The benefit is much broader than just legal counsel. In fact, you can use your own lawyer if you want or select one of theirs. The main benefit is that it is a streamlined post-incident process that includes finding a lawyer, paying for it, paying for bail, and paying for any trial costs (if it actually goes to trial).
From my reading, CCW-safe looks like best choice. Anyone have experience or insight they’d care to share?
I am not a lawyer so take this with a small block of salt. Castle Doctrine and Stand Your Ground DO NOT CHANGE THE LAW ON JUSTIFICATION OF LETHAL FORCE. Each of these different laws change the presumption and requirements for what you must do if attacked. If you’re in a location LEGALLY SYG does not require that you flee before you can use force. Castle Doctrine basically allows defense of your dwelling as though it was a person. The Dallas police woman was not in her dwelling. Her lawyer should be ashamed if he thought Castle Doctrine applied. Unfortunately… Read more »
her lawyer was desparate and snatching at anything he could imagine. The timeines and her recent history, including being utterly distracted with a text exchange with another officer through the evening. and severallong shifts back to back had her in a mental state where she was dangerous. She should not even have been on duty that night, but was anyway. Her judgement was seriously impaired by her mental/emotioinal state that night. I firmly believe she was also blinded by her attitude about being a cop…. I”m in charge here, I’m right cuz I gots this tin star on my chest… Read more »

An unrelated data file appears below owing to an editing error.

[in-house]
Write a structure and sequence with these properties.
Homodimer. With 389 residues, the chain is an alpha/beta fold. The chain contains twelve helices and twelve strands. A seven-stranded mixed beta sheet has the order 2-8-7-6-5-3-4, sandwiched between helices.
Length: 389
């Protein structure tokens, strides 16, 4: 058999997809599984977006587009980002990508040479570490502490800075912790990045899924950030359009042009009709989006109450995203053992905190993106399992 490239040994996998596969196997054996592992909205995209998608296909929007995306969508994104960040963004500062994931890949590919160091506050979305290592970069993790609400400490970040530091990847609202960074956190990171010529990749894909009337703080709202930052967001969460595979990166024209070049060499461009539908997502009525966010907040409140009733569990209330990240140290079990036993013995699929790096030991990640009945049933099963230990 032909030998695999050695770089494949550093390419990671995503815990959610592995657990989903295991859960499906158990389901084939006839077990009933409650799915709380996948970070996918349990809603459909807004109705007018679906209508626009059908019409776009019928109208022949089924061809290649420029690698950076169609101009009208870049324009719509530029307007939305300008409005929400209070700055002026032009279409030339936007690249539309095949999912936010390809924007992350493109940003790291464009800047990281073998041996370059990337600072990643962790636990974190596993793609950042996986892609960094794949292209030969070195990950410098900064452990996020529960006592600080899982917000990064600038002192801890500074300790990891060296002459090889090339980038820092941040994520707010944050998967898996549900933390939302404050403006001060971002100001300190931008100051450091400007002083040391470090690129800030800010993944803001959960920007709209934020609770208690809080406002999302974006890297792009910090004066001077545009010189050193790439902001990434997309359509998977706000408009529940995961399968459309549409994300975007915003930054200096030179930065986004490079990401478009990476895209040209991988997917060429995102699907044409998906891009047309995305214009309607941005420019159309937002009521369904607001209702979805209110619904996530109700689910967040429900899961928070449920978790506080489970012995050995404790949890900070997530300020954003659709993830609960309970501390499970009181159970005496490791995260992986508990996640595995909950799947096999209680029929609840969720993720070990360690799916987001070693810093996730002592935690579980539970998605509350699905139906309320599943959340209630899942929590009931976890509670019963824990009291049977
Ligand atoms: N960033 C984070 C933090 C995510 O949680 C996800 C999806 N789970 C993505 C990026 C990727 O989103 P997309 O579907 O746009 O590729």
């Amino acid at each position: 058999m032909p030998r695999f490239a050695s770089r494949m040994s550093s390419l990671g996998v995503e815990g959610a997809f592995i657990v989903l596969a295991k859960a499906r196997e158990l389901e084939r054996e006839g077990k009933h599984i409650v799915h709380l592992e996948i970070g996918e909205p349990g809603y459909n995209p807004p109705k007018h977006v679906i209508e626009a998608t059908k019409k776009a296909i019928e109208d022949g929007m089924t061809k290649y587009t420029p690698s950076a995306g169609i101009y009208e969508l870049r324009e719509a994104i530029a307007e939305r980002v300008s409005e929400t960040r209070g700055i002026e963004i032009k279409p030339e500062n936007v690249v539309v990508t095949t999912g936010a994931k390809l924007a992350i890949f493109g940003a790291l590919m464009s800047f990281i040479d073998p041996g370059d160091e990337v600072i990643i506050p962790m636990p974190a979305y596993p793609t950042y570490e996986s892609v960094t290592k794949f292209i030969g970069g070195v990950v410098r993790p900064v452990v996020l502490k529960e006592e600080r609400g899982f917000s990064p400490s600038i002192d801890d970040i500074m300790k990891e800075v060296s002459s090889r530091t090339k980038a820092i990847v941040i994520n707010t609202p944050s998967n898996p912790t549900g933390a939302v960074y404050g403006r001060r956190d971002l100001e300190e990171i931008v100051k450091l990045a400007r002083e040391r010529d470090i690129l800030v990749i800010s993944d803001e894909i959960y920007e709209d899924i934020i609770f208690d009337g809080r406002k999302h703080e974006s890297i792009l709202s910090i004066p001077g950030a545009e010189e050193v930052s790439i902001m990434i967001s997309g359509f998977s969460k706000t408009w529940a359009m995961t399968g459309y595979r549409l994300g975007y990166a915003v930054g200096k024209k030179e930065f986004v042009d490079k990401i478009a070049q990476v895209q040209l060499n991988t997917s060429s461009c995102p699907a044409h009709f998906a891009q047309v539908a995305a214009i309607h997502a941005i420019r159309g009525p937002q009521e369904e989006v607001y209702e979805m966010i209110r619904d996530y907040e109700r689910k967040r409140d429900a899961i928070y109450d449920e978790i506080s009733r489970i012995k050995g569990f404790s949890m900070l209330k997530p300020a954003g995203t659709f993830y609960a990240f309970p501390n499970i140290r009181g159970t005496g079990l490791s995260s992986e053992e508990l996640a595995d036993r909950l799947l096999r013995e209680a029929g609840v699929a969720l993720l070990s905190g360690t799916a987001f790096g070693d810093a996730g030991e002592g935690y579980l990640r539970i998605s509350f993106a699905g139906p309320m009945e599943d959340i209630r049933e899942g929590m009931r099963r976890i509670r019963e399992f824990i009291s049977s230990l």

@Tionico – Spoke with several other current or former officers immediately following that shooting. Response was universal that because she had not yet changed out of her uniform – anything she said was a lawful order – and he should have complied. When asked how they expect someone interrupted doing something else is supposed to instantly recognize officer (and their authority) , process said order, and follow whatever collection of contradictory commands were yelled — response was also pretty consistent…. It’s not their problem. Follow orders or die – seems to be a real attitude among a large portion of… Read more »
You are showing a side of the story that Harold completely ignored. The side of the victim. Harold ask “What can Second Amendment supporters learn from this?” using the perpetrators view.
As a potential victim, we can learn a lot of things without blaming the victim. We can certainly learn that leaving your door open is not a good idea, because a nut job police officer will have no physical barrier preventing her from entering.
If he hadn’t policed his brass, not that I read that in the linked story, he’d have been charged with two counts of littering, instead of just one, leaving a corpse in the yard. It wasn’t that he didn’t report the shooting, nor calling his attorney first, that got him in trouble, it was dispatching a criminal that was fleeing, a crime that most police that kill fleeing suspects get away with. If we prosecute him, we need to prosecute all the officers that do the same thing. However, the police get away with it under the guise of stopping… Read more »